Factors affecting the accuracy of EWT- Anxiety
Psychologists tend to believe that small increases in anxiety and arousal may increase the accuracy of memory, but high levels may have a negative effect on accuracy. In violent crimes (where anxiety and arousal are likely to be high), the witness may focus on central details (e.g. a weapon) and neglect other peripheral details.
Loftus (1979) studied weapon focus in EWT.
Method: In an independant groups design participants heard a discussion in a nearby room. In one condition, a man came out of the room with a pen and grease on his hands. In the second condition, the man came out carrying a knife covered in blood. Participants were asked to indentify the man from 50 photographs.
Results: Participants in condition 1 were 49% correct accurate. Only 33% of the participants in condition 2 were correct.
Conclusion: when anxious and aroused, witnesses focus on a weapon at the expenses of other details.
Factors affecting the accuracy of EWT- Anxiety (co
Evaluation:The study has high ecological validity, as the participants weren't aware that the study was staged. However, this means that there are ethical considerations, as participants could have been very stressed at the sight of a man with a knife.
The Cognitive Interview
The cognitive interview was developed to increase accuracy.The interviewer tries to make the witness relaxed. Recreate the context of the original incident. The witness reports every detail as clearly as they can about the crime.The witness recalls the event in different orders. The witness is asked to recall the event from various different perspectives.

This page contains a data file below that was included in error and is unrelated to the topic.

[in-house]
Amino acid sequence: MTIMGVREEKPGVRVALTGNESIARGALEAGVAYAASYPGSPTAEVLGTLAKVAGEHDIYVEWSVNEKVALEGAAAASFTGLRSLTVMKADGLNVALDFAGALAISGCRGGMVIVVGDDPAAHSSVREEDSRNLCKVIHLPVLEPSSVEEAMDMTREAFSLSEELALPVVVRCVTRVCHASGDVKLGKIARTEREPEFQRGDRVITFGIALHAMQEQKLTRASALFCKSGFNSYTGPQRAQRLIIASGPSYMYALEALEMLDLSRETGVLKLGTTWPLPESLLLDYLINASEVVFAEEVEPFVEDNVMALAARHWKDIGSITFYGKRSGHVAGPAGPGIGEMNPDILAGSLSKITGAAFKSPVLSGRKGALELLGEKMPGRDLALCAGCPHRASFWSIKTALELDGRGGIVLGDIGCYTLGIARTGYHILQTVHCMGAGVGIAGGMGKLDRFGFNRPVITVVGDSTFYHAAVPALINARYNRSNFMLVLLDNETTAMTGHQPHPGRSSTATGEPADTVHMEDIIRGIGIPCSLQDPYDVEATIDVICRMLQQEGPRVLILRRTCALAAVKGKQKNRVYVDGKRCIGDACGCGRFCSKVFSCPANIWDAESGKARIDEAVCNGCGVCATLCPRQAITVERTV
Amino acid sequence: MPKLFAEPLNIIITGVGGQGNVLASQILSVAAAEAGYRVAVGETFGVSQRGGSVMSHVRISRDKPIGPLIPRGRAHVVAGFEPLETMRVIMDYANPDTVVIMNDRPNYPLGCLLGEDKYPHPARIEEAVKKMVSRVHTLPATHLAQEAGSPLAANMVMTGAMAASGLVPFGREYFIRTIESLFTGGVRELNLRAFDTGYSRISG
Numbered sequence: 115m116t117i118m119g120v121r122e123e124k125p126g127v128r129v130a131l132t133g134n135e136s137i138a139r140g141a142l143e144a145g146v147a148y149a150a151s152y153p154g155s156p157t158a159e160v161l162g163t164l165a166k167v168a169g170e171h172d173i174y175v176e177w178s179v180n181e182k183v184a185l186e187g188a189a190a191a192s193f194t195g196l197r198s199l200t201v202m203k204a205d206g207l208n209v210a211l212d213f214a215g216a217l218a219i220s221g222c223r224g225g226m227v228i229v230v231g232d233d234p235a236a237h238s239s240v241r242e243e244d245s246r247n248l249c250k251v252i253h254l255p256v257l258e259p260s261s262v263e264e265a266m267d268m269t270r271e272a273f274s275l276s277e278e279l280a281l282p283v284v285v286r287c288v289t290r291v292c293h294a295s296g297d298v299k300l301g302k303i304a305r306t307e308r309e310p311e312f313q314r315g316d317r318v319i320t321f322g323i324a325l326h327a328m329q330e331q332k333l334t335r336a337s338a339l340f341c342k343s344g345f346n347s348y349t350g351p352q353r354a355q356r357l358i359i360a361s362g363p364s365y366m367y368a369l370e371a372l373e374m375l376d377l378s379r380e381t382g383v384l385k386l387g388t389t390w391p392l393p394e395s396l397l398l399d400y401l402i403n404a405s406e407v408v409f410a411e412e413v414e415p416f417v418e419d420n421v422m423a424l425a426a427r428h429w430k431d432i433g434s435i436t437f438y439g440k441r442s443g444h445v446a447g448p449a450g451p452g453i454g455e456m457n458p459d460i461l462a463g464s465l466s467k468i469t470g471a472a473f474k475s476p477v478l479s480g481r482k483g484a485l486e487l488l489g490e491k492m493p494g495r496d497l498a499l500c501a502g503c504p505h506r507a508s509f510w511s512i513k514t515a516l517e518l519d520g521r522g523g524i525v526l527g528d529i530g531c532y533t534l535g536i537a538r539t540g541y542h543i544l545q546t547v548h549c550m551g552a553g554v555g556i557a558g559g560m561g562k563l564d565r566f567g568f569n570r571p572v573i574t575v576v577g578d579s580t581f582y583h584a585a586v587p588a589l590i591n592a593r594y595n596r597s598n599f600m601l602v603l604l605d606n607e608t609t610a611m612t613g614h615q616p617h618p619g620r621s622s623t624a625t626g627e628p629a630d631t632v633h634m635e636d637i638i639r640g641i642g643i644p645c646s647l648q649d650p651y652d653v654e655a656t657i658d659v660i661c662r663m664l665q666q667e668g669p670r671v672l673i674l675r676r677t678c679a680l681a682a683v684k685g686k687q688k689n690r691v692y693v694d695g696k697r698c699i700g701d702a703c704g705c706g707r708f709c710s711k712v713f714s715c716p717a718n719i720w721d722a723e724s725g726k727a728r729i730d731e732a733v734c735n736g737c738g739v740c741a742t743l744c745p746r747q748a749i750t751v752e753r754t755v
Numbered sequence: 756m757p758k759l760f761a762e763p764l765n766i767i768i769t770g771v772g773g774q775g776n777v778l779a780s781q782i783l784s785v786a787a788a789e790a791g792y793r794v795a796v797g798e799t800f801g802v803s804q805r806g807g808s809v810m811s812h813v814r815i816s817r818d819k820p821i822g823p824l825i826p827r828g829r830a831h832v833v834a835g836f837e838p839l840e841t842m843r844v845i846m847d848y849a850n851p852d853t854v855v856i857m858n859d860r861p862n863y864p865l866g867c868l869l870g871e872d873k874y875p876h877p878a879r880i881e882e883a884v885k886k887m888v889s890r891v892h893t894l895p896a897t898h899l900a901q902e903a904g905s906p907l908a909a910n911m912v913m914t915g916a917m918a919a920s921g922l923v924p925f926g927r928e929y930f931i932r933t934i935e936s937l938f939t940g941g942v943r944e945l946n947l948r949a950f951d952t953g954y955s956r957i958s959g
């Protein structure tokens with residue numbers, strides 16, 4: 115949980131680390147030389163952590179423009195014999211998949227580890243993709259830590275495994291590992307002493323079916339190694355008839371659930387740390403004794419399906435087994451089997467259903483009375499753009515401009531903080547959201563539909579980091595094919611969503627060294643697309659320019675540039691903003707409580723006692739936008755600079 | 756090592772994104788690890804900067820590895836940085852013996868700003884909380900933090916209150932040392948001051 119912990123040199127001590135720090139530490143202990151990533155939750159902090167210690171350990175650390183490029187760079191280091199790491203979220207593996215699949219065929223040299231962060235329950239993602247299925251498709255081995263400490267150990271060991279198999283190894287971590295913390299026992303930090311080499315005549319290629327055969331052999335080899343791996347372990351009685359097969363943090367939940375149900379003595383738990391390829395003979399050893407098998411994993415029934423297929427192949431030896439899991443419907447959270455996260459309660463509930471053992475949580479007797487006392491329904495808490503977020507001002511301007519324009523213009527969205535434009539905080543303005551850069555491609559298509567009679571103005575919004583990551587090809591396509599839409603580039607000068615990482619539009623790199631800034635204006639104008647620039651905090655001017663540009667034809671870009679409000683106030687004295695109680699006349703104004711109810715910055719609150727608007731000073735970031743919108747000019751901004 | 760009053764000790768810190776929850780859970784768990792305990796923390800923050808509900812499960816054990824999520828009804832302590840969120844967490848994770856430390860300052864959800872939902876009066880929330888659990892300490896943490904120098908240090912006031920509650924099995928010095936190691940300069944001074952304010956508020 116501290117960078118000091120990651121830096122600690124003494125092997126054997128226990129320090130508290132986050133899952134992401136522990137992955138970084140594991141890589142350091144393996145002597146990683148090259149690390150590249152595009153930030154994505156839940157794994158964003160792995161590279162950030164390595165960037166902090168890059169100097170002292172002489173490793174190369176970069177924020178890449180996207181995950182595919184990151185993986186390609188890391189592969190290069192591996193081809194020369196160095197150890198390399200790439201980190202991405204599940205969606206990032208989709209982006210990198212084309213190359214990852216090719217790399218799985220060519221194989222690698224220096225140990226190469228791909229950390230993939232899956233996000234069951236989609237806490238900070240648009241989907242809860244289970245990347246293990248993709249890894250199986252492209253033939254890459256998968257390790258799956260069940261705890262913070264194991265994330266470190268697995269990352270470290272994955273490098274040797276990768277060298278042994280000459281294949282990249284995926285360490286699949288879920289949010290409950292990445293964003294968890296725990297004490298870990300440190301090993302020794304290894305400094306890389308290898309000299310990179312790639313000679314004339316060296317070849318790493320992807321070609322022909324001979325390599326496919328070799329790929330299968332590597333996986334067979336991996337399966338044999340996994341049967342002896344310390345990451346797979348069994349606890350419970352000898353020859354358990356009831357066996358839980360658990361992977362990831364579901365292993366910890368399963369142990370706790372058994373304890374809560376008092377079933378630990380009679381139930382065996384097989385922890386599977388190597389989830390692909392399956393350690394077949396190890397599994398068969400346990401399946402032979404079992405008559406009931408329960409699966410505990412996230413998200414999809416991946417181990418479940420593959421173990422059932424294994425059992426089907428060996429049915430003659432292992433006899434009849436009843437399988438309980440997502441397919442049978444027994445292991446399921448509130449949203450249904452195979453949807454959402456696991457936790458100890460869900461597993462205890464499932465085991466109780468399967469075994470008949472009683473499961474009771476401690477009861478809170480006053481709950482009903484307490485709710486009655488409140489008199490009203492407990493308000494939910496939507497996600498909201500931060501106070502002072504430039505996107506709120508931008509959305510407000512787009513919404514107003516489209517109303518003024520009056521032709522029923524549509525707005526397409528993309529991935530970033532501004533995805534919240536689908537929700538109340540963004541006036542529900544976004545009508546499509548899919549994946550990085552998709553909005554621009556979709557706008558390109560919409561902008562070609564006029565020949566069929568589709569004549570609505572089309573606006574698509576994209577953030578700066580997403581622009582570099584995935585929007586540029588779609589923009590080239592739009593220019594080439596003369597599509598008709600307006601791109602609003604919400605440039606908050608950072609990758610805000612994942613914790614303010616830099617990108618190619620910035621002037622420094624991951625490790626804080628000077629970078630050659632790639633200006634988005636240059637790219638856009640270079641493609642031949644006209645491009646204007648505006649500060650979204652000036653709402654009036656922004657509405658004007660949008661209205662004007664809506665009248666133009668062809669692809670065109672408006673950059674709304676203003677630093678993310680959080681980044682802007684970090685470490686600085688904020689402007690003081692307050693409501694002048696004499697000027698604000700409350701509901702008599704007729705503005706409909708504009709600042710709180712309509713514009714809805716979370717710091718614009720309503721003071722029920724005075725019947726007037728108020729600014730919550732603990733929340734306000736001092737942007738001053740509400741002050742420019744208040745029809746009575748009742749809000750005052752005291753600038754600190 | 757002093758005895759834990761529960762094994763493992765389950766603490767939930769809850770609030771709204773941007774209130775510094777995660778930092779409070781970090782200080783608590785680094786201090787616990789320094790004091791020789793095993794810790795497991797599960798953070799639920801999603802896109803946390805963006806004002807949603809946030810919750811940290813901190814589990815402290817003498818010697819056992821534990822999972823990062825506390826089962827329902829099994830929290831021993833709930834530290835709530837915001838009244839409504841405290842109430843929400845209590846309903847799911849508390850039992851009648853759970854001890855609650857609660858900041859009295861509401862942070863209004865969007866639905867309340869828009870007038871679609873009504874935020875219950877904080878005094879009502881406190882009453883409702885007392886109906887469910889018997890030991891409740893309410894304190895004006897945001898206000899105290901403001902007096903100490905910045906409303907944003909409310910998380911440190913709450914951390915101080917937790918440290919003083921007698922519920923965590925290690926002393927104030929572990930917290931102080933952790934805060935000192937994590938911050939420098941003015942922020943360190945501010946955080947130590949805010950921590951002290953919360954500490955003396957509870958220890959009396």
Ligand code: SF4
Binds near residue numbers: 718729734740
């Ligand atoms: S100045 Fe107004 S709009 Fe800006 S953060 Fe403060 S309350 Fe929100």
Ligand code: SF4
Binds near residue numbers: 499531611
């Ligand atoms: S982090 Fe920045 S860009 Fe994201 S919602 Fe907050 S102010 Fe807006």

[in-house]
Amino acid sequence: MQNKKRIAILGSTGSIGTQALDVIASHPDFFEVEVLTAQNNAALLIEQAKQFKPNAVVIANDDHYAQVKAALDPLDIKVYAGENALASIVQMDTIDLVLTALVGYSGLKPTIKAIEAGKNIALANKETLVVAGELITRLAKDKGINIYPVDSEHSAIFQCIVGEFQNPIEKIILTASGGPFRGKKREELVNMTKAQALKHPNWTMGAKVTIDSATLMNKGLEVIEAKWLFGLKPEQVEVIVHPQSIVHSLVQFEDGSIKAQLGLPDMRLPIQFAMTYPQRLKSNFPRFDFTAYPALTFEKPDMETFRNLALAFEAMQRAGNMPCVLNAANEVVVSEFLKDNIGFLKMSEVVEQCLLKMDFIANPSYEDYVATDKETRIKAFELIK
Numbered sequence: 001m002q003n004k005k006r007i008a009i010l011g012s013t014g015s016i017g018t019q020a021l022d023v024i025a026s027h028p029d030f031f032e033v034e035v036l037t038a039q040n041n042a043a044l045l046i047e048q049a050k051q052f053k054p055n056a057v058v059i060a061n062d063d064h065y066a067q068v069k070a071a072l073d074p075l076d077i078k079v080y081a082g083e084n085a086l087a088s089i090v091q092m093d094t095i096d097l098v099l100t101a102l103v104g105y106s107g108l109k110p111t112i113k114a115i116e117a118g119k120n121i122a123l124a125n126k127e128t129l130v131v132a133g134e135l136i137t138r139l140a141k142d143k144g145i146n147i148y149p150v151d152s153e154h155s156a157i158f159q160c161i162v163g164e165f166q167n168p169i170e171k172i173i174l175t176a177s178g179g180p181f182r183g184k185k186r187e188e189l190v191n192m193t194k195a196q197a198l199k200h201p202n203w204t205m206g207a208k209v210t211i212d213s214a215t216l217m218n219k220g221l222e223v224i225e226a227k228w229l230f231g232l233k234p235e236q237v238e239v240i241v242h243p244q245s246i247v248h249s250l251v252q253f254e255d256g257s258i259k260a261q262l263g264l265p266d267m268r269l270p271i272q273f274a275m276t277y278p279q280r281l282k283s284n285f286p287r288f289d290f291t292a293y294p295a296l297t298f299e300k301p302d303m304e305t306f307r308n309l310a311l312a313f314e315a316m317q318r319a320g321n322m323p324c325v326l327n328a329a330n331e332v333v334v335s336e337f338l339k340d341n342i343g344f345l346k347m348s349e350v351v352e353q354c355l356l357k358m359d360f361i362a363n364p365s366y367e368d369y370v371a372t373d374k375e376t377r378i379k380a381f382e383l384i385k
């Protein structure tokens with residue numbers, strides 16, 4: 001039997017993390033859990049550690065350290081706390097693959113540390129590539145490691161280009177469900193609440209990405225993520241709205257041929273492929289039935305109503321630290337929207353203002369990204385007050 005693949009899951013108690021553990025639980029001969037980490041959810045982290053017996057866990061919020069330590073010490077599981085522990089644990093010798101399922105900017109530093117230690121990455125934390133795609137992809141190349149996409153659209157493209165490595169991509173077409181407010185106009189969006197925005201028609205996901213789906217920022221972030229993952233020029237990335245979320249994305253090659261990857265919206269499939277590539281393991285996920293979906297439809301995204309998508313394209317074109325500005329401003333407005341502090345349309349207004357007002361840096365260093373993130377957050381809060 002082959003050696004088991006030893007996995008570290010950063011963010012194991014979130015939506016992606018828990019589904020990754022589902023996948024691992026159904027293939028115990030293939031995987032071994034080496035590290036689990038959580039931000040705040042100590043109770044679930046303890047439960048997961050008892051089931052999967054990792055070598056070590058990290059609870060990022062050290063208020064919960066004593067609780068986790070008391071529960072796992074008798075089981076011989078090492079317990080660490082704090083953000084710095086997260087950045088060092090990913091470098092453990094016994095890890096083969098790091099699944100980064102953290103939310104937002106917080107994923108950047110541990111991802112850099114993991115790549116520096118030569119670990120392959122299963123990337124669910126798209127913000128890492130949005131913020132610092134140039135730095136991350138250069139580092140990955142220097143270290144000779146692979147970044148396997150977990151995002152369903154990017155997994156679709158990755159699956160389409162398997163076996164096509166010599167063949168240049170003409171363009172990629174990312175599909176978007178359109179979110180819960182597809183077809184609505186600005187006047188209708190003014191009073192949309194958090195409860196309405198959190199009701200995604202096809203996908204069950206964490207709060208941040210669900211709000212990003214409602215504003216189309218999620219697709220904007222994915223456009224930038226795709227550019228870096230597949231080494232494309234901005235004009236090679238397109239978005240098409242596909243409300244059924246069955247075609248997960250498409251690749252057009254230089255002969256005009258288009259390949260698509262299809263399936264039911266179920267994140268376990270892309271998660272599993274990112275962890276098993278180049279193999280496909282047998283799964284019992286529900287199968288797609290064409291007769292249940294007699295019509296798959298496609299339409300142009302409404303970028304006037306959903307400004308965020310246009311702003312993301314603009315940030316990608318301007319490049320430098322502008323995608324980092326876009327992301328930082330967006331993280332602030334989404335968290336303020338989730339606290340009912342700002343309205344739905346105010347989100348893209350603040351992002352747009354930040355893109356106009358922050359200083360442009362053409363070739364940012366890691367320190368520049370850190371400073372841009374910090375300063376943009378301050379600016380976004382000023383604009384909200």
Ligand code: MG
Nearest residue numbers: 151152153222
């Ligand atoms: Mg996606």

Geiselman et al (1986) studied the effects of the cognitive interview.
Method:In a staged situation, an intruder carrying a blue rucksack entered a classroom and stole a slide projector. Two days later participants were questioned about the event. The study used an independant groups design-participants were either questioned using a standard interview procedure or cognitive interview technique. Early in the questioning, participants were asked 'was the guy with the green backpack nervous?'. Later in the interview participants were asked what colour the mans bag was.
Results:Participants in the cognitive interview condition were less likely to recall the rucksack as being green than those in the standard interview.
The cognitive interview (continued)
Conclusion:The cognitive interview technique enhances memory recall and reduces the effect of leading questions.
Evaluation:The experiment was conducted as though a real crime had taken place. in the classroom- it had high ecological validity. The experiment used an independant groups design. The disadvantage of this is that the participants in the cognitive interview condition could have been naturally less susceptible to leading questions than the other group.